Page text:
Hotdarn, spirits and spirituality

Baguio has gained prominence as a destination for spiritual activities. It is home to various religious institutions for study, retreat and education.

While our precious destination in Loakan may not qualify as a religious institution in the conventional sense, there exists a profound “religiosity” among the members, most specially when dealing with contraband items such as “hot darn”.


“Hot darn”, as all who passed through the portals of Loakan know, is the informal term that is used to refer to anything intoxicating enough to warrant a class 1 slug, if caught. Many a cadet, caught with the said liquids in his possession, were turned back or dismissed because of them. Yet, the practice of “spiriting” these liquids into the barracks for occasional (though very quick) consumption continues.

A Witful uppie of the 60’s generation recalls that liquor was authorized for consumption during formal occasions with officers present. Presumably, this was so, because the cadets had to learn how to handle themselves with these spirits. Unfortunately, the practice was discontinued – and the cadets (ex cadets and alumni included) still don’t know how to handle themselves.

Fortunately, this is so – with or without inebriation.

The debate continues to go on beyond the gates of Fort del Pilar – considering the merits and demerits caused by prohibition of the use and misuse of these liquids. Whether or not they will be advantageous to the snappity of the Corps will have to be a matter to be discussed over a drink or two.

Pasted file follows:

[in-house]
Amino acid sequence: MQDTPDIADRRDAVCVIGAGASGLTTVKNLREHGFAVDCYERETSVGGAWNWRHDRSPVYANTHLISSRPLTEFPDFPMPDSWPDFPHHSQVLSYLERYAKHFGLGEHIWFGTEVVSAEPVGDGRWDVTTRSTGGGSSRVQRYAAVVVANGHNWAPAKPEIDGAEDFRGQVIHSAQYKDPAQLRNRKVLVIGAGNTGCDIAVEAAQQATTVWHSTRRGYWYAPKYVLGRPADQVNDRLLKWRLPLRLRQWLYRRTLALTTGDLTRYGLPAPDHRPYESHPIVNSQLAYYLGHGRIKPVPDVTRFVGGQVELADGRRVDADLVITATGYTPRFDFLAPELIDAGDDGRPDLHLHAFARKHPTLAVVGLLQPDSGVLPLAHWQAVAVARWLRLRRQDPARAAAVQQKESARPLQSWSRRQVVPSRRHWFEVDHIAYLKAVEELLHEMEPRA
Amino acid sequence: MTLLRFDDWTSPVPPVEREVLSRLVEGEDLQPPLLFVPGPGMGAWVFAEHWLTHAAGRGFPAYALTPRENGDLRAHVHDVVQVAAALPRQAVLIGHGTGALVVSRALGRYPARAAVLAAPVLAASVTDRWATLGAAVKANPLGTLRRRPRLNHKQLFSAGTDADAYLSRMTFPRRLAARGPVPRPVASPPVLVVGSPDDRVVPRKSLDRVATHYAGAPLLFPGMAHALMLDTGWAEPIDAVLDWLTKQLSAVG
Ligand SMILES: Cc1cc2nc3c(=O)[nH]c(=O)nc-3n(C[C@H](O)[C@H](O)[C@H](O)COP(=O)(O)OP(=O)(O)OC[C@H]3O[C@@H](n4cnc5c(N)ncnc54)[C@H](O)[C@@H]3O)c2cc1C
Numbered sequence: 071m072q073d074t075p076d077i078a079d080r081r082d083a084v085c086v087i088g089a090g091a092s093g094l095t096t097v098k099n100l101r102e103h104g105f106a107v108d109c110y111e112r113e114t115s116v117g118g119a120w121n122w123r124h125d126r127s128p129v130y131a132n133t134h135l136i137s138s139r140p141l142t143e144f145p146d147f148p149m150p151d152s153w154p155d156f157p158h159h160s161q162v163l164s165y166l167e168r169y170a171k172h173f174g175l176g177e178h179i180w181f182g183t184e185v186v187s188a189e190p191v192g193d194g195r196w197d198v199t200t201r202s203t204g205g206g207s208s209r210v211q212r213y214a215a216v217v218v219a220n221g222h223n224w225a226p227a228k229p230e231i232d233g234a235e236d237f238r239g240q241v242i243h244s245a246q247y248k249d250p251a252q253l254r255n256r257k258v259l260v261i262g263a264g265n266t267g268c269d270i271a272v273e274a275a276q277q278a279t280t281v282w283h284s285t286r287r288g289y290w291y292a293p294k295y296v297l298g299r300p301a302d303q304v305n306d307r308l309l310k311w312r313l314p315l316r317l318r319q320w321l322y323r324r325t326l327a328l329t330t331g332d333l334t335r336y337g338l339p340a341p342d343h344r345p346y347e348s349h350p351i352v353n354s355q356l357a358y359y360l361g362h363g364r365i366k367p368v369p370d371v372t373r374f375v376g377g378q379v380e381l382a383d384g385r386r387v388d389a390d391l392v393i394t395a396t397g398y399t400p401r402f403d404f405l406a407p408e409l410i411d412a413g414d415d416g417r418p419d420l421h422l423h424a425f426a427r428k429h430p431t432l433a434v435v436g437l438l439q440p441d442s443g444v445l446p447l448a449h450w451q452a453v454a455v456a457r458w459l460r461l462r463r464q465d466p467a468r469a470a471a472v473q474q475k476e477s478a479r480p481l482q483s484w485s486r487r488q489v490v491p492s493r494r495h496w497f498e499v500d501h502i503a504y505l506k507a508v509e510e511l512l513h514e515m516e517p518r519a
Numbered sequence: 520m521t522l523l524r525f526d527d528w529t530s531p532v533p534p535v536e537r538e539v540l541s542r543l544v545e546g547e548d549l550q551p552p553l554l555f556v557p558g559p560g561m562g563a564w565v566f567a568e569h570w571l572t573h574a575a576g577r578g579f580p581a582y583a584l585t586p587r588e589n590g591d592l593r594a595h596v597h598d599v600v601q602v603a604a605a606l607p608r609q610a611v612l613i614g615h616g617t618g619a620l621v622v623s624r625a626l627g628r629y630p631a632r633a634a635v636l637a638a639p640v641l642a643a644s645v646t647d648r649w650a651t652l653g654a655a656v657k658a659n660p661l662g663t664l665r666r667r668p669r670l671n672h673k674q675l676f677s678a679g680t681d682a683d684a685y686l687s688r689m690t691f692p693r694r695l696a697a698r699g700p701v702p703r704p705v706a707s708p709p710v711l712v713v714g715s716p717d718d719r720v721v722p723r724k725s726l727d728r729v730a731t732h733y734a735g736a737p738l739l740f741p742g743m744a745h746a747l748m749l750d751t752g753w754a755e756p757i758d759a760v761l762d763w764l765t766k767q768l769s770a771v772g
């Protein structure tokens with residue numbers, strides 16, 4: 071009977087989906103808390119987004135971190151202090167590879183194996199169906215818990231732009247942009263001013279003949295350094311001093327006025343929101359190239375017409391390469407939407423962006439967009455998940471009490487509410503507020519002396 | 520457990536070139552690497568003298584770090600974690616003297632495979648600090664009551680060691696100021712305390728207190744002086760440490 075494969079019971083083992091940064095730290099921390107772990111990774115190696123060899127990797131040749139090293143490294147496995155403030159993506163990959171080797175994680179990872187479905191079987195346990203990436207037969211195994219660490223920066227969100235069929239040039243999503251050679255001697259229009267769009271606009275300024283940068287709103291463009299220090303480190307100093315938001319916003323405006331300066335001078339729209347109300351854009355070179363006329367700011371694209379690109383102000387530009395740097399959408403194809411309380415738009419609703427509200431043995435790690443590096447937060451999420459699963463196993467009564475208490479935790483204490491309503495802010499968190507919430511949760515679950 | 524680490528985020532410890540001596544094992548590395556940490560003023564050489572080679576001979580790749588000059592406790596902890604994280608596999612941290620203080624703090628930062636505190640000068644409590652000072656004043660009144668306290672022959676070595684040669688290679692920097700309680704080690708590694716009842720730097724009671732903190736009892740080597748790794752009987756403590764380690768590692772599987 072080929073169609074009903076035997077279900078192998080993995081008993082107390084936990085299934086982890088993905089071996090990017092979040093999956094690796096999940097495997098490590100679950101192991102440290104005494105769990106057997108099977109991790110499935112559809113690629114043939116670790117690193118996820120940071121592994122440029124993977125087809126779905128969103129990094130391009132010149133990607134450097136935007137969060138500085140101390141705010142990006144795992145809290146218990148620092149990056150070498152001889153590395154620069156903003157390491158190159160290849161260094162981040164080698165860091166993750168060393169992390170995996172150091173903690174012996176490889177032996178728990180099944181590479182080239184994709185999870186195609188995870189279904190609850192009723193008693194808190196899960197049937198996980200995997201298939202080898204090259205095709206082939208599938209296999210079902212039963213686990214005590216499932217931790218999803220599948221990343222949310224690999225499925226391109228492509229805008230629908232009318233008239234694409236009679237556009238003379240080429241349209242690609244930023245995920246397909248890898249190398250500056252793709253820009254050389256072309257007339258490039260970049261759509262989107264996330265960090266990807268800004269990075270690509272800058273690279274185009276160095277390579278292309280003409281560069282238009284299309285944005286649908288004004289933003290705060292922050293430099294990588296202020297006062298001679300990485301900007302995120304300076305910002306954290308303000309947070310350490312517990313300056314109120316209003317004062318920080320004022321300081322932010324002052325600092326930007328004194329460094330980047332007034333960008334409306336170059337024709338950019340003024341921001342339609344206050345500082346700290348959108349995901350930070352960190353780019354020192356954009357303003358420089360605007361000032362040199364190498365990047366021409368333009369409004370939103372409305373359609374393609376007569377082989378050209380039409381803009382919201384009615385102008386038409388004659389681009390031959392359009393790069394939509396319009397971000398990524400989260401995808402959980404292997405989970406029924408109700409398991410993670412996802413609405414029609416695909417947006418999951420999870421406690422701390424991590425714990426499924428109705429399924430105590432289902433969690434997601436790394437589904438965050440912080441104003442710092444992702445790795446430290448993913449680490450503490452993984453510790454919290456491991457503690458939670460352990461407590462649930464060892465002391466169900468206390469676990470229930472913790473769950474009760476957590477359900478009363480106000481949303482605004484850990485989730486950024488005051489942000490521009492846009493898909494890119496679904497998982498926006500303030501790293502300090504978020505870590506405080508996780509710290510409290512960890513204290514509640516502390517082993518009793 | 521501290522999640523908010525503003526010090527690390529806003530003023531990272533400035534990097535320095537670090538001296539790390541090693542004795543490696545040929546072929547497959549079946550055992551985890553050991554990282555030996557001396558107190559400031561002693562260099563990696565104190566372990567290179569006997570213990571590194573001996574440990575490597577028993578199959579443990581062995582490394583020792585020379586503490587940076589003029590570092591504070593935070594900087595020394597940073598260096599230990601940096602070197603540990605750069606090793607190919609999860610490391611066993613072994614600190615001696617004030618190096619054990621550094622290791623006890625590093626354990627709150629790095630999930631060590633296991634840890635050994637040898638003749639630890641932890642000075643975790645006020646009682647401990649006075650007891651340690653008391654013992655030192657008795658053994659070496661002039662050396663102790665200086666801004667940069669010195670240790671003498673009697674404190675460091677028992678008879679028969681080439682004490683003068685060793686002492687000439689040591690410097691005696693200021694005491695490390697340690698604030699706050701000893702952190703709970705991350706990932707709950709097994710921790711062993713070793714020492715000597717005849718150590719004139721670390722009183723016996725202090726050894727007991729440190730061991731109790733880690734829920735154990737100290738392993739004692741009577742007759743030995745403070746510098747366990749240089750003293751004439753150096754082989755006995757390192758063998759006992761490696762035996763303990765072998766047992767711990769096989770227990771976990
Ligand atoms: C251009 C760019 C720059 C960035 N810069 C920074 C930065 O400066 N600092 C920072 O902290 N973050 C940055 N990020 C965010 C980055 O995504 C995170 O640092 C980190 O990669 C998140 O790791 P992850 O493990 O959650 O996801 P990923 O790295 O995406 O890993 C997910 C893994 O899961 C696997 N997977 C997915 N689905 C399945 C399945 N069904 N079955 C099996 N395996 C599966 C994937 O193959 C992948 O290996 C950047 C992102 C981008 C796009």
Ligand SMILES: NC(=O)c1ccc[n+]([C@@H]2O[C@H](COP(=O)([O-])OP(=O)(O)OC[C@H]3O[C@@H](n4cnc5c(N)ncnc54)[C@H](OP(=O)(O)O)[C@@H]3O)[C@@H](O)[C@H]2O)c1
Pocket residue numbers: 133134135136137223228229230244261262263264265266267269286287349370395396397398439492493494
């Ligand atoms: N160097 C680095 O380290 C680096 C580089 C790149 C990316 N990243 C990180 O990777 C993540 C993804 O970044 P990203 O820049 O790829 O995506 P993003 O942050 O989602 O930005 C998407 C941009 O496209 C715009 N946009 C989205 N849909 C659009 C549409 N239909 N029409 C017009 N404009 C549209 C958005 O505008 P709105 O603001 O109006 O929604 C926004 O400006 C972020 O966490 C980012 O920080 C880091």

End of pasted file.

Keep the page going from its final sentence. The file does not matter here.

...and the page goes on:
Spiritual activity, though has not been limited to liquid form. There was once, when the class of 1979 caused a stir for their own kind of “spiritual activity” – and this one involved a glass, but no liquids.

The question and answer portion that spread faster than “balitang sink” reached the intelligence groups and this eventually forced the transfer of their graduation rites to the now destroyed (by an earthquake) Baguio Convention Center. True or not, the Class of 79 will always remember having graduated from there instead of the traditional rite held at the Borromeo Field.

On the other hand, there is the very elating narrative of the PMA Christian Fellowship, which is currently being shepherded by no less than an alumnus, a good friend and kabayan, Cavalier Erwin Luga 82.

The congregation has flourished since they started as a small bible study and prayer group with a few officers and cadets. These days, they meet in a larger venue and are open to everyone in the area wanting to worship along with them during Sundays.

The PMACF also conducts their own activity during Alumni week, welcoming former attendees – former cadets and alumni and friends, and for a small contribution, are welcome to enjoy pizza along with their catch up conversations with those present.

This is one development that I wished I had when I was a cadet – the chance to nurture my own spiritual transformation and development, and help those that needed nurturing alongside the rigorous and punishing training that is only available in the Academy.

Yes, the halls in Loakan are hallowed ground as well. But may they always be – for the right reasons.

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